Aksum An African Civilisation of Late Antiquity Stuart Munro-Hay

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3. Abreha and Atsbeha 
According to the Ethiopian traditional accounts of the conversion, Frumentius was 
captured during the reign of Ella Alada (Amida?), who was succeeded by two brothers, 
Abreha and Atsbeha, who were the first Christian kings. It has been suggested (Hahn 
1983) that these names were constituent parts of the titulary of Ezana and his brother 
Sazana, but, as mentioned above (
Ch. 7: 3
) there is no real proof for this joint reign. They 
could alternatively have been two successive `Ella'-names adopted by Ezana. It may also 
be that, due to a confusion of legends, the conversion has become muddled with the other 
great Aksumite religious event, king Kaleb's invasion of the Yemen to end persecution of 
Christians there. As Kaleb's throne name was Ella Atsbeha, and the name of the 
rebellious general in the Yemen was Abreha, this theory could easily provide the 
explanation for the Ethiopian legend (Ullendorff 1949). Abreha built the great cathedral 
at San`a, and tried to turn it into a major pilgrimage centre, and so both he and Kaleb 
gained reputations as powerful champions of Christianity. Abreha is said to have written 
to the najashi saying `I have built a church for you, O King, such as has not been built for 
any king before you. I shall not rest until I have diverted the Arab's pilgrimage to it' 
(Guillaume 1955: 21).  
Some more ideas on the identity of Ezana and the date of his conversion have recently 
been aired. One theory (de Blois 1988) concluded that the Aksumite ruler Ezana of 
Constantius II's time was a different person from king Ezana, son of Ella Amida, known 
from his inscriptions. This latter would have been an uncle and direct predecessor of 
Kaleb, the brother of Kaleb's father Tazena, and the Andug of the Syriac sources; his 
reign would have concluded between 518 and 523. He would have been the first 
Ethiopian royal convert to Christianity, the earlier Ezana of the fourth century having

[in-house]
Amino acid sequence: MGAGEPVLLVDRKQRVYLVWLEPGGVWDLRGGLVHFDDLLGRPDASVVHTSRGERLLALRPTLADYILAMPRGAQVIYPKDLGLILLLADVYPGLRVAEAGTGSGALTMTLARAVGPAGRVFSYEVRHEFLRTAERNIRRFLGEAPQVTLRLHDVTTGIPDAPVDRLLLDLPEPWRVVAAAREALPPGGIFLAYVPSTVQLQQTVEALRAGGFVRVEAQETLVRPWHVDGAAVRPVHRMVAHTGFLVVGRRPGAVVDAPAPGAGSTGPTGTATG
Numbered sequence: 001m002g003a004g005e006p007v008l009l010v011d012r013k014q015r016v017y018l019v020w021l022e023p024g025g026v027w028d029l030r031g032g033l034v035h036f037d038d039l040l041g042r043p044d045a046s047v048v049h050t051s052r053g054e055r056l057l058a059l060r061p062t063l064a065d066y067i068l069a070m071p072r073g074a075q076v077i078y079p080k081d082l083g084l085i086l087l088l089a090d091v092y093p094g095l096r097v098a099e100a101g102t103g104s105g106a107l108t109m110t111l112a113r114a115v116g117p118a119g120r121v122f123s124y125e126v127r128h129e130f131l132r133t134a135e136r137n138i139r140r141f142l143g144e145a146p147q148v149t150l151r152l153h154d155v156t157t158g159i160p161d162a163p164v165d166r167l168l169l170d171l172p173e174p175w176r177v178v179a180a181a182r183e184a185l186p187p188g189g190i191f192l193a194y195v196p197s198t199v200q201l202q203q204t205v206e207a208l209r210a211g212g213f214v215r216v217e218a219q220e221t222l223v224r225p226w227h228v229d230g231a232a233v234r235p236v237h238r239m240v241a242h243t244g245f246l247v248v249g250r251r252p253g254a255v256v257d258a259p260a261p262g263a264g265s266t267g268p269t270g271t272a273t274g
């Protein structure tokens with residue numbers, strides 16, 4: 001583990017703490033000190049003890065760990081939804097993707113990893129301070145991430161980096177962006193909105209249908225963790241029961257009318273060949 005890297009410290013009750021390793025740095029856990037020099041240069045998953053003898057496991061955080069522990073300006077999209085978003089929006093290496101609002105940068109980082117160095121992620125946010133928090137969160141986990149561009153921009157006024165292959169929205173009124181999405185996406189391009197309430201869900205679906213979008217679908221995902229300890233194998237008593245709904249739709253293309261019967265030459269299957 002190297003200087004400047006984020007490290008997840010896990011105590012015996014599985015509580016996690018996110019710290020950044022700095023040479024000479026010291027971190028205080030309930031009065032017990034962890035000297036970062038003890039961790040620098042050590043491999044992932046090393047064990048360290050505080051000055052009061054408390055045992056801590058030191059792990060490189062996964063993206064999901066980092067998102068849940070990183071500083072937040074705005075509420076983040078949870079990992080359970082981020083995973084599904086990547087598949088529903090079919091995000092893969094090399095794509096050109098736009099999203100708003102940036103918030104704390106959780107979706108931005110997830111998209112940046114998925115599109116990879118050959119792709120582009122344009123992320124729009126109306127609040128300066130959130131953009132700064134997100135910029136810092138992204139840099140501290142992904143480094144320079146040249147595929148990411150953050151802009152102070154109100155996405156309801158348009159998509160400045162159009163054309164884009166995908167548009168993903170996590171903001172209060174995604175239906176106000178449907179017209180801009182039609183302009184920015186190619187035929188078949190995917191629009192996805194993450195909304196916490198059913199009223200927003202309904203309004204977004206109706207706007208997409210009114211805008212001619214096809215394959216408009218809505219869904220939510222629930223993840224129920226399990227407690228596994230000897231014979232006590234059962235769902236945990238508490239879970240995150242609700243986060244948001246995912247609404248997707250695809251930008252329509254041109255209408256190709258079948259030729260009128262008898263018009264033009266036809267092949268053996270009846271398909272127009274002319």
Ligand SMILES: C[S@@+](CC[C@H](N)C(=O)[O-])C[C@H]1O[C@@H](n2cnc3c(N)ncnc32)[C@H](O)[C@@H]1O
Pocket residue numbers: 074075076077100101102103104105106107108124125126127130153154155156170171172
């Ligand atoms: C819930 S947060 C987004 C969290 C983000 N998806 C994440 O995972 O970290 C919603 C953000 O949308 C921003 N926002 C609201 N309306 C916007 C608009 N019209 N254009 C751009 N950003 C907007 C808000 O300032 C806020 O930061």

retained his pagan beliefs; in spite of the presence of Frumentius, later consecrated bishop 
of Aksum, and in spite of Constantius II's communication with him on ecclesiastical 
affairs. This view of the position of Ezana, multiplied into two kings, once again takes 
little account of the concrete evidence from the coinage. The consistency of the gold 
content in all three gold issues bearing the names of Ezanas/Ezana, the heavier weight of 
Ezanas' pagan and Christian issues, and the fact that the Ezana issue reduces its weight to 
follow the contemporary Roman weight reduction, together with stylistic points, 
conclusively place Ezana in the fourth century, and indicate that the conversion took 
place as the Ethiopian traditions relate. The difference between the coins of Ezana Bisi 
Halen and Kaleb in terms of style, weight, gold content, and palaeography is radical, and 
the two cannot possibly have been successive rulers. Schneider (1988) also dismisses this 
new theory for other reasons.  
Laszlo Török (1988) accepts that the king Ezana who was a contemporary of emperor 
Constantius II eventually converted to Christianity. But he holds that this could only have 
happened after 361, since he believes that the text of Constantius II's letter `is 
unambiguous as to the paganism of the tyrants Aizanas and Sazanas'. He goes on to say